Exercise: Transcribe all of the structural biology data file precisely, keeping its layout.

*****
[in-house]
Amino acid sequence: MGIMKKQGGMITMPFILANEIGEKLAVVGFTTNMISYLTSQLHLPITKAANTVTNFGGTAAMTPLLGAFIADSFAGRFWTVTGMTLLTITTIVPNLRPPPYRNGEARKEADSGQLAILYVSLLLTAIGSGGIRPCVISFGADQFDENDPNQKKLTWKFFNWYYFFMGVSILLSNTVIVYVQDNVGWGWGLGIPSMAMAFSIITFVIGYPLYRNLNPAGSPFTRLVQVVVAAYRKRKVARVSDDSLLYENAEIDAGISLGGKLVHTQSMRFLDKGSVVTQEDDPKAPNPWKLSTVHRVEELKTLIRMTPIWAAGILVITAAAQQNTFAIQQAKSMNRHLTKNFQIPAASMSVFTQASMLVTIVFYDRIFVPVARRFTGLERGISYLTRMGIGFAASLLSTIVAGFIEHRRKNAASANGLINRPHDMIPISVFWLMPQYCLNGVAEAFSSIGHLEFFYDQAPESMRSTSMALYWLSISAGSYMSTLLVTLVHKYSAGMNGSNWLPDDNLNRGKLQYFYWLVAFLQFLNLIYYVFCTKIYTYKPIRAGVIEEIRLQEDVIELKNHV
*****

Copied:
[in-house]
Amino acid sequence: MGIMKKQGGMITMPFILANEIGEKLAVVGFTTNMISYLTSQLHLPITKAANTVTNFGGTAAMTPLLGAFIADSFAGRFWTVTGMTLLTITTIVPNLRPPPYRNGEARKEADSGQLAILYVSLLLTAIGSGGIRPCVISFGADQFDENDPNQKKLTWKFFNWYYFFMGVSILLSNTVIVYVQDNVGWGWGLGIPSMAMAFSIITFVIGYPLYRNLNPAGSPFTRLVQVVVAAYRKRKVARVSDDSLLYENAEIDAGISLGGKLVHTQSMRFLDKGSVVTQEDDPKAPNPWKLSTVHRVEELKTLIRMTPIWAAGILVITAAAQQNTFAIQQAKSMNRHLTKNFQIPAASMSVFTQASMLVTIVFYDRIFVPVARRFTGLERGISYLTRMGIGFAASLLSTIVAGFIEHRRKNAASANGLINRPHDMIPISVFWLMPQYCLNGVAEAFSSIGHLEFFYDQAPESMRSTSMALYWLSISAGSYMSTLLVTLVHKYSAGMNGSNWLPDDNLNRGKLQYFYWLVAFLQFLNLIYYVFCTKIYTYKPIRAGVIEEIRLQEDVIELKNHV